Monday, July 23, 2007

Tax that Guy Behind the Tree

Don't tax you.
Don't tax me.
Tax that guy
Behind the tree.

That little bit of doggerel popped into mind when I saw a headline in the Financial Times about a global backlash against globalization. The article stated, "In response to fears of globalisation and rising inequality, the public in all the rich countries surveyed – the US, Germany, UK, France, Italy and Spain – want their governments to increase taxation on those with the highest incomes. "

If the public had been asked, "Do you think we should increase your taxes?" I'm sure they would have come up with a different but no less confident conclusion. Even better, we should have asked them point blank, "Are you rich?"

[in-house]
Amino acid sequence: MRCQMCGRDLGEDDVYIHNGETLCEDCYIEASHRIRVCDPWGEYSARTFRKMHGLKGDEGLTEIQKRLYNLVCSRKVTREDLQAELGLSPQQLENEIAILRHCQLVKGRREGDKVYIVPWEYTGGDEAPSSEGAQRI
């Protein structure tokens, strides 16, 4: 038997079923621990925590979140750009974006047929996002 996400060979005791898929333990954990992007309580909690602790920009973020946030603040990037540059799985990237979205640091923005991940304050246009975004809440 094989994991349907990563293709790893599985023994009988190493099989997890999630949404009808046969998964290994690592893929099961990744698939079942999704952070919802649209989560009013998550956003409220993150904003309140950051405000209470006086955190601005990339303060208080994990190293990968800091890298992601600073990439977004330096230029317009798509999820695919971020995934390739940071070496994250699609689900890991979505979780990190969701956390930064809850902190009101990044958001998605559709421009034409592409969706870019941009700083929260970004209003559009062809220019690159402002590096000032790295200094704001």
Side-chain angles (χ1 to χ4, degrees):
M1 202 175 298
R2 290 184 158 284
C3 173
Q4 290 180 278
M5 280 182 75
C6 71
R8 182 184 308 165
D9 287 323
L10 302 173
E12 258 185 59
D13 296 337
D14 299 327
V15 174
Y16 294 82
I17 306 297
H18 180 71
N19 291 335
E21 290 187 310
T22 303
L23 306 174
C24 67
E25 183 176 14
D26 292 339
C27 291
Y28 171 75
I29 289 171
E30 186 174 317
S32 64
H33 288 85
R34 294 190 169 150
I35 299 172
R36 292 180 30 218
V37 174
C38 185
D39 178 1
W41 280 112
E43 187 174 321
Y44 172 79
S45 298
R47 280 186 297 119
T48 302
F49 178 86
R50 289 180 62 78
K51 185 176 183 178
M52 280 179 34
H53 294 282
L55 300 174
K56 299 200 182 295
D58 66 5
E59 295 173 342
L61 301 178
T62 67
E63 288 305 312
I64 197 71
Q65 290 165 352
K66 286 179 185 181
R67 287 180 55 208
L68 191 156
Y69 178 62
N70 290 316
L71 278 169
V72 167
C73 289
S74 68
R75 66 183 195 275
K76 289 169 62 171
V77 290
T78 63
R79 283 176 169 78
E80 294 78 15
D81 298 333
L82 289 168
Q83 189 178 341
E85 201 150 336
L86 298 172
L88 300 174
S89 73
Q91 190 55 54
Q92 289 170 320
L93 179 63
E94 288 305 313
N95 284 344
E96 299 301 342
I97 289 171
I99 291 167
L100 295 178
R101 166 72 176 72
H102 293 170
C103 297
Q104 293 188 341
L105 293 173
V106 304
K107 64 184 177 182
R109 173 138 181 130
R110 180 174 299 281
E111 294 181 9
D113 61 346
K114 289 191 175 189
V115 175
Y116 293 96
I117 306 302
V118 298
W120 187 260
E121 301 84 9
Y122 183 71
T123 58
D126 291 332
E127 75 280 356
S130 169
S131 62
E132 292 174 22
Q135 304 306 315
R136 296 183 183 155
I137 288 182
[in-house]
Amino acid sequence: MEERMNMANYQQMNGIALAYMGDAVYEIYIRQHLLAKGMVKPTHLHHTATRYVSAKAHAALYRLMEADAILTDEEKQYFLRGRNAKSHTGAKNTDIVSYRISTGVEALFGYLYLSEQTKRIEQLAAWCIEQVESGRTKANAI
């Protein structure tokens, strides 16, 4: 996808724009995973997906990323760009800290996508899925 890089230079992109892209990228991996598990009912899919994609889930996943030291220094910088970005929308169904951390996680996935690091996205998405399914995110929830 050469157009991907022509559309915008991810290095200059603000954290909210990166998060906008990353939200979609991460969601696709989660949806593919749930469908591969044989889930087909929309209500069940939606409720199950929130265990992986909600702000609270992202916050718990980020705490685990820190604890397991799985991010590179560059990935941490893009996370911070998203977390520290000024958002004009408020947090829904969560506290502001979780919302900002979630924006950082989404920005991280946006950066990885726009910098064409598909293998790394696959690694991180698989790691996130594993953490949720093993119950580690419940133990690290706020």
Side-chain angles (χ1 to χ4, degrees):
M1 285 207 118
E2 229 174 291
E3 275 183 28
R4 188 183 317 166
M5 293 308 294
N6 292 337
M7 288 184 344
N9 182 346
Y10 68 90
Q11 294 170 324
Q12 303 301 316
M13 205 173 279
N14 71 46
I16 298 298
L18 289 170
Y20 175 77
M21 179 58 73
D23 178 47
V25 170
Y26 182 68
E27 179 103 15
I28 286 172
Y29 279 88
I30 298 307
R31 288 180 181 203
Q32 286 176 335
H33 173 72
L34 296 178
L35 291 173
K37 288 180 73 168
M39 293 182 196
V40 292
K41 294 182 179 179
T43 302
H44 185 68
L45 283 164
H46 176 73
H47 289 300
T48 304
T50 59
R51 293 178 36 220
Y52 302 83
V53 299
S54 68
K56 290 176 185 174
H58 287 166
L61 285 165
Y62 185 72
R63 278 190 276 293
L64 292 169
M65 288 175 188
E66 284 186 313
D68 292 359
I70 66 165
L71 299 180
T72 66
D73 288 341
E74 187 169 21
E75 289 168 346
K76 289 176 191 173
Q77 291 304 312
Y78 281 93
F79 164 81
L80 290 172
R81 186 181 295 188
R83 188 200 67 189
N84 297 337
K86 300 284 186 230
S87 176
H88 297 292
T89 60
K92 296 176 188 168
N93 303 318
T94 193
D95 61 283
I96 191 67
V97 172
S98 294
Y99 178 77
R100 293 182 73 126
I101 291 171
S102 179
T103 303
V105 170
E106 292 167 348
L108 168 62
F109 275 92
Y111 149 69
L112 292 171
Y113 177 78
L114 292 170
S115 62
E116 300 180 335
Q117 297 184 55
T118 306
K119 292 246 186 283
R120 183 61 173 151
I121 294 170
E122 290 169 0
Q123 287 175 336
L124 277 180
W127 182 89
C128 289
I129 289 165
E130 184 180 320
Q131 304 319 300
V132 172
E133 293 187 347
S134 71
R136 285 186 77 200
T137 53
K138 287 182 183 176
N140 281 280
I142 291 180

In the United States for 2004, to be in the top 1 percent of adjusted gross income (AGI), you needed to earn $309,160, according to Arnold Kling at Econlib.

An awful lot of working couples and small business people make more than $309,160. They don't think of themselves as rich. Comfortable, maybe, but not rich. But of course, a campaign to "tax the comfortable" wouldn't get very far.

Beware those who want to "tax the rich." They may be talking about you.

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